This Is How I Get By Without God

Jeffrey Wegrzyn
Jeffrey Wegrzyn

It’s tough. Let me tell you.

There are times when I think of my friends or family in danger. I’ll think of my parents falling severely ill or of my best friends having some terrible accident. I’ll think about how, in the culture I was raised in, the automatic reaction would be to pray. You call upon the “power of God” to help you pull through these terrible moments.

I’ll think about how comforting it is to think of a man coming to the rescue to help one of my loved ones. Of course that is comforting. To be able to throw your hands in the air and surrender because “God’s taking care of it.” All because the imaginary man in the sky is going to come down and make everything better.

There are times when  I think about something I shouldn’t have done or said. I’ll think about something I wish and wish and wish I could take back.

I’ll think about how comforting it is to think of a man who resolves all of that guilt and excuses, all of my mistakes simply when I ask him to.

Of course that would be comforting. To be able to commit moral sin day after day and be able to not take responsibilty for my own actions and to simply ask the imaginary man in the sky for his forgiveness. As if he has anything to do with this earthly world and those who live here. You’re asking for the forgiveness of the imaginary dad in the sky and you never think to ask forgiveness from those you hurt, or even further, from yourself.

It’s easier to feel lonely and claim to have Christ with you than it is to sit in that loneliness and really get to know yourself. It’s easy to feel scared and to think of his “guiding hand” than it is to dive into that fear and figure out what it’s all about. OF COURSE IT IS. My god, that sounds so nice.  I agree, it is very comforting. However, that doesn’t make it right. For me.

The longer I live abroad and the more cultures I encounter, the more I view religion as just that, a cultural tradition to be respected just like any other – removing your shoes before entering a house, not touching monks, standing for a national anthem. They are not my traditions, but I respect them because I know they are the traditions of others. We’re all just trying to get through life, I get that. Whatever helps you the most, do that. I respect that.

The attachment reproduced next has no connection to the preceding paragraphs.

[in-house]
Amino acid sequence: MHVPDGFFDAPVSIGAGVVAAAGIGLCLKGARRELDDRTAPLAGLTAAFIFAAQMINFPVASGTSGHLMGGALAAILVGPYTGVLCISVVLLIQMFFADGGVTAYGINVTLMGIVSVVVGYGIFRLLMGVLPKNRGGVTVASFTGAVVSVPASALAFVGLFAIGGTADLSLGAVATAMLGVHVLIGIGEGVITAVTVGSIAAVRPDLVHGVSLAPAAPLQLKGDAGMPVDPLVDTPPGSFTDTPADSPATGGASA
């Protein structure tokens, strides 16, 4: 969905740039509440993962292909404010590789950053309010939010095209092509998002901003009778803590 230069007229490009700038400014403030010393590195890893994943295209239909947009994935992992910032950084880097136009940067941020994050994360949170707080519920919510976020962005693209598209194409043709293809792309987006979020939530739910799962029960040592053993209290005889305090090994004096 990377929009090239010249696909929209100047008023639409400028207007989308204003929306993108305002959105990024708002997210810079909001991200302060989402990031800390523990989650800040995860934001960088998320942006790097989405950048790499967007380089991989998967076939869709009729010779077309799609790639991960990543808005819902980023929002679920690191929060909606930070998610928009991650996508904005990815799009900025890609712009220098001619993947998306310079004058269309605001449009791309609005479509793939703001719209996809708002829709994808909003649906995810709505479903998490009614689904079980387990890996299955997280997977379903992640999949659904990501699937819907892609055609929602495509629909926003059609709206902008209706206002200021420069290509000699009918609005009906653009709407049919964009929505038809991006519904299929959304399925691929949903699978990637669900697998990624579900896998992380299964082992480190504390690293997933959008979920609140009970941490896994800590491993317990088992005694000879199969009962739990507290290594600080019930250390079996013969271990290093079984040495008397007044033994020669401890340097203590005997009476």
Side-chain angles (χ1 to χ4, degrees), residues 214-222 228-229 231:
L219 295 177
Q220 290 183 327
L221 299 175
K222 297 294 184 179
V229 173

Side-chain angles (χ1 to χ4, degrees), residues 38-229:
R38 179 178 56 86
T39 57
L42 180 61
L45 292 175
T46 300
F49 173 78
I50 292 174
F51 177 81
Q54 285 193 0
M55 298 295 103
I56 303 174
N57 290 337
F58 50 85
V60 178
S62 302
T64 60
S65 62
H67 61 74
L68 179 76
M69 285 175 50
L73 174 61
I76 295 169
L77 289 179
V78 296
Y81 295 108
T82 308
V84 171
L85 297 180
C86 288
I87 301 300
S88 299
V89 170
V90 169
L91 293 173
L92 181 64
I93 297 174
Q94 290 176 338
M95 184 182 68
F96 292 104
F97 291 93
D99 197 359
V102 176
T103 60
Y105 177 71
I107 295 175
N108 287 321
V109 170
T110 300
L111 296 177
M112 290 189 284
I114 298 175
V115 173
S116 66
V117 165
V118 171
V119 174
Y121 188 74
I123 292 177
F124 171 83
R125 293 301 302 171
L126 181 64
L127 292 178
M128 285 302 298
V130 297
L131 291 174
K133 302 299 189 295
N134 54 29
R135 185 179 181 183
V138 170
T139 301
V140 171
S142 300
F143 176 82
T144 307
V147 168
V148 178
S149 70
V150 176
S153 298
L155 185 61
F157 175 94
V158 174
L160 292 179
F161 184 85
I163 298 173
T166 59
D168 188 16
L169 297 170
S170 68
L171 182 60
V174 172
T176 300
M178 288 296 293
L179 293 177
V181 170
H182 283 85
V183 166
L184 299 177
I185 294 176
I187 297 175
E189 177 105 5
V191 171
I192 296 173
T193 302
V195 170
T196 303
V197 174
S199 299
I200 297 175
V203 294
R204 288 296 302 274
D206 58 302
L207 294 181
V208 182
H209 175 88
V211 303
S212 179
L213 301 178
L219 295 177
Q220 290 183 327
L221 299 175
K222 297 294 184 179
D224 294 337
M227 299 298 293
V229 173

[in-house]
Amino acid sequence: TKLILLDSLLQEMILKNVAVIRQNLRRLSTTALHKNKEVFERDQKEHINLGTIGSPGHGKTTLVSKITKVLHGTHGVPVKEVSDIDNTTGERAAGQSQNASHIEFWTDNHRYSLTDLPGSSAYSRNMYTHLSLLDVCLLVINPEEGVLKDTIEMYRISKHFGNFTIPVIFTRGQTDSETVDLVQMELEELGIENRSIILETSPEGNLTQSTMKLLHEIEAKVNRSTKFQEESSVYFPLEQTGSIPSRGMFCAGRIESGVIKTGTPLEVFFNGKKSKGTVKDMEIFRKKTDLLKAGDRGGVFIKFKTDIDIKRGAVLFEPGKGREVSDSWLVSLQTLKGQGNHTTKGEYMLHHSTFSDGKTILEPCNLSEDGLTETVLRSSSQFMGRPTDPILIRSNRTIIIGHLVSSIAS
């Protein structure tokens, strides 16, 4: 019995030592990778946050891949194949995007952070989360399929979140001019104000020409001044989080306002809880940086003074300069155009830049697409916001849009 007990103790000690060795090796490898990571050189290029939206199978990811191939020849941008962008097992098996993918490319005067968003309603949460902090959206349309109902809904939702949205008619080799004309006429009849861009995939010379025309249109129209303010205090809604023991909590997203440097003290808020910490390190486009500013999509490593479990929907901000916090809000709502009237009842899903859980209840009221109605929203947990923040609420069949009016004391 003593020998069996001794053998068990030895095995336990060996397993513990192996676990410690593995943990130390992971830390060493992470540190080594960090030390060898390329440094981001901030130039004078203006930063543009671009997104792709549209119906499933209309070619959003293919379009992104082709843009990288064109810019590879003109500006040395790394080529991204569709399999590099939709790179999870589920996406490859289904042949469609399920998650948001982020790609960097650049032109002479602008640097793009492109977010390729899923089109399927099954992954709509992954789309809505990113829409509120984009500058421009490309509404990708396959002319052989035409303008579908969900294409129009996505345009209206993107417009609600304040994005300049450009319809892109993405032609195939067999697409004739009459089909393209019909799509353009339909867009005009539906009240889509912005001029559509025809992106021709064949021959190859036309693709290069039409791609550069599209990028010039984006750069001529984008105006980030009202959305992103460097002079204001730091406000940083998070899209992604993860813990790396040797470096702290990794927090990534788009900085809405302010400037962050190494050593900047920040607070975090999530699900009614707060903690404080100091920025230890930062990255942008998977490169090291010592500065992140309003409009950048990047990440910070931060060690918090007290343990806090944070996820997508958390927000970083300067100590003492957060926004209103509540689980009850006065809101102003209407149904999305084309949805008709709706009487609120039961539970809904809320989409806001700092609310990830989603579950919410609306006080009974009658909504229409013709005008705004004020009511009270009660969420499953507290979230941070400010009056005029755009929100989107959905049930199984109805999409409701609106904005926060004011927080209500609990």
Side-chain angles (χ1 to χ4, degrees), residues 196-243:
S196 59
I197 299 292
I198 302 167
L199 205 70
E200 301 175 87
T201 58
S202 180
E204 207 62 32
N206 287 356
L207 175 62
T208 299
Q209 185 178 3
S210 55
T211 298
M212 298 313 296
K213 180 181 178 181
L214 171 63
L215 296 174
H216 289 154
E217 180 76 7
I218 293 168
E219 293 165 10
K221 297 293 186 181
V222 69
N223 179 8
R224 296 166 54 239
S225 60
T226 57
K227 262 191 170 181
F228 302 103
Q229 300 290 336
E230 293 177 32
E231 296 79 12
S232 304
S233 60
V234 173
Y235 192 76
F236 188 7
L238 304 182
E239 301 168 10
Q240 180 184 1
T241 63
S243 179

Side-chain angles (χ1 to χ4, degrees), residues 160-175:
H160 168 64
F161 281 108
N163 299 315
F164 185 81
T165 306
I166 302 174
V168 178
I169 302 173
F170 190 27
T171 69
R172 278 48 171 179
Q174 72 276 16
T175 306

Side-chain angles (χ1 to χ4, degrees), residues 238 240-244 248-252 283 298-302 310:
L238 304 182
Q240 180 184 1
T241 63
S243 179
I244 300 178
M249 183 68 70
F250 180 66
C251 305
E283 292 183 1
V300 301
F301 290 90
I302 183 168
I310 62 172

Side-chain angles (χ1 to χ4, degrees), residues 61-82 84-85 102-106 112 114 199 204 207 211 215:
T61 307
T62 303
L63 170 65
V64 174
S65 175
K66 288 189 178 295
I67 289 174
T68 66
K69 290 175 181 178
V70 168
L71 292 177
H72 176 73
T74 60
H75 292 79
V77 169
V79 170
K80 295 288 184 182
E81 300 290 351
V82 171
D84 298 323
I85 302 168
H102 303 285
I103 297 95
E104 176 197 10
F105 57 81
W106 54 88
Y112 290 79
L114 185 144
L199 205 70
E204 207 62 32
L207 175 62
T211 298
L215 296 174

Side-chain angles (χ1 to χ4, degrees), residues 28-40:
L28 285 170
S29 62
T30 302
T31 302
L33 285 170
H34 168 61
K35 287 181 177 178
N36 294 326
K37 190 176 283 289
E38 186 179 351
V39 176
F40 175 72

And, I understand that, at the end of the day, it is a lot harder to rely on yourself rather than some almighty, powerful being in the sky who is the superdad of all superdads. A lot harder. It’s a lot scarier and more lonely as well. But if I’m going to live this life, and I mean really live it, I want to do it justice. That means learning to rely on myself, my energy, and my ability to create the life I want.

To me, this means getting rid of the daddy in the sky who allows me cop out on taking responsibility for things I have control over. I’m assuming for some, Jesus is an extension of themselves. We are all holy, and you are your own savior. However, I cannot believe in the cultural phenomenon of a man named Jesus and The Bible.

I believe in energy, and that my energy can affect the world around me.

I believe in the power of quieting and following your heart.

I believe in being a good person because we are all connected through the universe.

Most of all, though, I believe in myself.

I believe in the reality I create for myself and take full responsibility for all of the good and the bad. I believe in surrendering to the universe and my heart, not a man. I believe in the comfort of the void so many people seek to fill with a god instead of themselves. And, I believe it’s all happening for a beautiful reason that I can’t, and don’t really need to, understand.

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